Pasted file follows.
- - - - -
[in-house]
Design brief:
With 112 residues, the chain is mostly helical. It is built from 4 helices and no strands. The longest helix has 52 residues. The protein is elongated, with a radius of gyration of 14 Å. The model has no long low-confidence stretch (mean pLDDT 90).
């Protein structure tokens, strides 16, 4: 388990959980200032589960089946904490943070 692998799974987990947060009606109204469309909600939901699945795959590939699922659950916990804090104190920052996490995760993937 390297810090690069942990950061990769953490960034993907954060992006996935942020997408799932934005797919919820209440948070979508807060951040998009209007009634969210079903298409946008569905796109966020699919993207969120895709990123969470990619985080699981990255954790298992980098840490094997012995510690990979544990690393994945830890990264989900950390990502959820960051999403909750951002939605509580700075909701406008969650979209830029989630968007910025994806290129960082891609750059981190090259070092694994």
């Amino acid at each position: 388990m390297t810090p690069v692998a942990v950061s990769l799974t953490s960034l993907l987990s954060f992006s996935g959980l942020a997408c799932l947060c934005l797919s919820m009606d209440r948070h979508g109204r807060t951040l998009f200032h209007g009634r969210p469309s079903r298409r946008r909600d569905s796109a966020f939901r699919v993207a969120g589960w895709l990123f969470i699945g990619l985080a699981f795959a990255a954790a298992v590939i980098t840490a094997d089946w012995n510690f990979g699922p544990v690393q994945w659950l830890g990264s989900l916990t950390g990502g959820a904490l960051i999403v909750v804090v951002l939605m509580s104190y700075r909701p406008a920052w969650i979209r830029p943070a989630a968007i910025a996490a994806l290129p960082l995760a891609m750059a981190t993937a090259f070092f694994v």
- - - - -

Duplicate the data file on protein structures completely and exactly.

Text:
[in-house]
Design brief:
With 112 residues, the chain is mostly helical. It is built from 4 helices and no strands. The longest helix has 52 residues. The protein is elongated, with a radius of gyration of 14 Å. The model has no long low-confidence stretch (mean pLDDT 90).
């Protein structure tokens, strides 16, 4: 388990959980200032589960089946904490943070 692998799974987990947060009606109204469309909600939901699945795959590939699922659950916990804090104190920052996490995760993937 390297810090690069942990950061990769953490960034993907954060992006996935942020997408799932934005797919919820209440948070979508807060951040998009209007009634969210079903298409946008569905796109966020699919993207969120895709990123969470990619985080699981990255954790298992980098840490094997012995510690990979544990690393994945830890990264989900950390990502959820960051999403909750951002939605509580700075909701406008969650979209830029989630968007910025994806290129960082891609750059981190090259070092694994």
């Amino acid at each position: 388990m390297t810090p690069v692998a942990v950061s990769l799974t953490s960034l993907l987990s954060f992006s996935g959980l942020a997408c799932l947060c934005l797919s919820m009606d209440r948070h979508g109204r807060t951040l998009f200032h209007g009634r969210p469309s079903r298409r946008r909600d569905s796109a966020f939901r699919v993207a969120g589960w895709l990123f969470i699945g990619l985080a699981f795959a990255a954790a298992v590939i980098t840490a094997d089946w012995n510690f990979g699922p544990v690393q994945w659950l830890g990264s989900l916990t950390g990502g959820a904490l960051i999403v909750v804090v951002l939605m509580s104190y700075r909701p406008a920052w969650i979209r830029p943070a989630a968007i910025a996490a994806l290129p960082l995760a891609m750059a981190t993937a090259f070092f694994v």